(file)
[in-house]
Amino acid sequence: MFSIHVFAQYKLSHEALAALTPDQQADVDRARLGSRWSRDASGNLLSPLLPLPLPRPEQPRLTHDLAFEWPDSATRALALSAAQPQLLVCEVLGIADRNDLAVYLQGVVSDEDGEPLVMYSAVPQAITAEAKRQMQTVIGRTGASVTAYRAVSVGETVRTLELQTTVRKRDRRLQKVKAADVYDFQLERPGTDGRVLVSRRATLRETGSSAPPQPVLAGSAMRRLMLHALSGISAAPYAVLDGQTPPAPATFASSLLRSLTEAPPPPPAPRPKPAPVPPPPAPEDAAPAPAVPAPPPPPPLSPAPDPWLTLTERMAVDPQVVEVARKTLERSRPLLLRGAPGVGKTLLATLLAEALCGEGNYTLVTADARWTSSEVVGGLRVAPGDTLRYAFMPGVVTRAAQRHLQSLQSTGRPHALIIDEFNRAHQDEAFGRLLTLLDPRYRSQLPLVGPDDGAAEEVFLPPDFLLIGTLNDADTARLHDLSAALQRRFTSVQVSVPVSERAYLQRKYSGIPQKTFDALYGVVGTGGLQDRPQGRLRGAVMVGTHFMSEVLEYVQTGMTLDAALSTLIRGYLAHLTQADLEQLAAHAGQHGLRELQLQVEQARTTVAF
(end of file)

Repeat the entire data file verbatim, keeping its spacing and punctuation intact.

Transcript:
[in-house]
Amino acid sequence: MFSIHVFAQYKLSHEALAALTPDQQADVDRARLGSRWSRDASGNLLSPLLPLPLPRPEQPRLTHDLAFEWPDSATRALALSAAQPQLLVCEVLGIADRNDLAVYLQGVVSDEDGEPLVMYSAVPQAITAEAKRQMQTVIGRTGASVTAYRAVSVGETVRTLELQTTVRKRDRRLQKVKAADVYDFQLERPGTDGRVLVSRRATLRETGSSAPPQPVLAGSAMRRLMLHALSGISAAPYAVLDGQTPPAPATFASSLLRSLTEAPPPPPAPRPKPAPVPPPPAPEDAAPAPAVPAPPPPPPLSPAPDPWLTLTERMAVDPQVVEVARKTLERSRPLLLRGAPGVGKTLLATLLAEALCGEGNYTLVTADARWTSSEVVGGLRVAPGDTLRYAFMPGVVTRAAQRHLQSLQSTGRPHALIIDEFNRAHQDEAFGRLLTLLDPRYRSQLPLVGPDDGAAEEVFLPPDFLLIGTLNDADTARLHDLSAALQRRFTSVQVSVPVSERAYLQRKYSGIPQKTFDALYGVVGTGGLQDRPQGRLRGAVMVGTHFMSEVLEYVQTGMTLDAALSTLIRGYLAHLTQADLEQLAAHAGQHGLRELQLQVEQARTTVAF